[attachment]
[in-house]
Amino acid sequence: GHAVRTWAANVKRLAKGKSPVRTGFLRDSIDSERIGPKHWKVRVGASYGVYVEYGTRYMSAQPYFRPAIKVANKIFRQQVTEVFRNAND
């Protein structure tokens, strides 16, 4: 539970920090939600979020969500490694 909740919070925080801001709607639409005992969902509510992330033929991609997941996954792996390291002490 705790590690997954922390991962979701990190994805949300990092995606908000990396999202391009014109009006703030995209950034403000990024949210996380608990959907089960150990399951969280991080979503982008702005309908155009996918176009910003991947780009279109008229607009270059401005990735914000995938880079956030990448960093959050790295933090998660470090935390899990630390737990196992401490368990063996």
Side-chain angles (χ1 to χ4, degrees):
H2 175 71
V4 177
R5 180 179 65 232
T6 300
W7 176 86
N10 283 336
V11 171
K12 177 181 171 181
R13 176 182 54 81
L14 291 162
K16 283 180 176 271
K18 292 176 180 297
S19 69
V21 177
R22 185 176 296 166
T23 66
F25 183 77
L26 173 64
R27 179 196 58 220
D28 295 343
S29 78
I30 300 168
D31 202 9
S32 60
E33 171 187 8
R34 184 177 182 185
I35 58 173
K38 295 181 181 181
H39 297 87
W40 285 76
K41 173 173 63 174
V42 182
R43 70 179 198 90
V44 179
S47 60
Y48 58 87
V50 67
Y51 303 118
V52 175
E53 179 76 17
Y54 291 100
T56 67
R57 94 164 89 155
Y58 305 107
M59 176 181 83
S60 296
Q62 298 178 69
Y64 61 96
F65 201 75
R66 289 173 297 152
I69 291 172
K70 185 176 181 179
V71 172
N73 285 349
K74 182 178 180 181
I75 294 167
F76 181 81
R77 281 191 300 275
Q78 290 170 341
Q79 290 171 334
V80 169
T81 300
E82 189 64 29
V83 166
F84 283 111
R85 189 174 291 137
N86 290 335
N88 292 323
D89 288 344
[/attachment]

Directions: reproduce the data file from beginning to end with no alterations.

[in-house]
Amino acid sequence: GHAVRTWAANVKRLAKGKSPVRTGFLRDSIDSERIGPKHWKVRVGASYGVYVEYGTRYMSAQPYFRPAIKVANKIFRQQVTEVFRNAND
């Protein structure tokens, strides 16, 4: 539970920090939600979020969500490694 909740919070925080801001709607639409005992969902509510992330033929991609997941996954792996390291002490 705790590690997954922390991962979701990190994805949300990092995606908000990396999202391009014109009006703030995209950034403000990024949210996380608990959907089960150990399951969280991080979503982008702005309908155009996918176009910003991947780009279109008229607009270059401005990735914000995938880079956030990448960093959050790295933090998660470090935390899990630390737990196992401490368990063996």
Side-chain angles (χ1 to χ4, degrees):
H2 175 71
V4 177
R5 180 179 65 232
T6 300
W7 176 86
N10 283 336
V11 171
K12 177 181 171 181
R13 176 182 54 81
L14 291 162
K16 283 180 176 271
K18 292 176 180 297
S19 69
V21 177
R22 185 176 296 166
T23 66
F25 183 77
L26 173 64
R27 179 196 58 220
D28 295 343
S29 78
I30 300 168
D31 202 9
S32 60
E33 171 187 8
R34 184 177 182 185
I35 58 173
K38 295 181 181 181
H39 297 87
W40 285 76
K41 173 173 63 174
V42 182
R43 70 179 198 90
V44 179
S47 60
Y48 58 87
V50 67
Y51 303 118
V52 175
E53 179 76 17
Y54 291 100
T56 67
R57 94 164 89 155
Y58 305 107
M59 176 181 83
S60 296
Q62 298 178 69
Y64 61 96
F65 201 75
R66 289 173 297 152
I69 291 172
K70 185 176 181 179
V71 172
N73 285 349
K74 182 178 180 181
I75 294 167
F76 181 81
R77 281 191 300 275
Q78 290 170 341
Q79 290 171 334
V80 169
T81 300
E82 189 64 29
V83 166
F84 283 111
R85 189 174 291 137
N86 290 335
N88 292 323
D89 288 344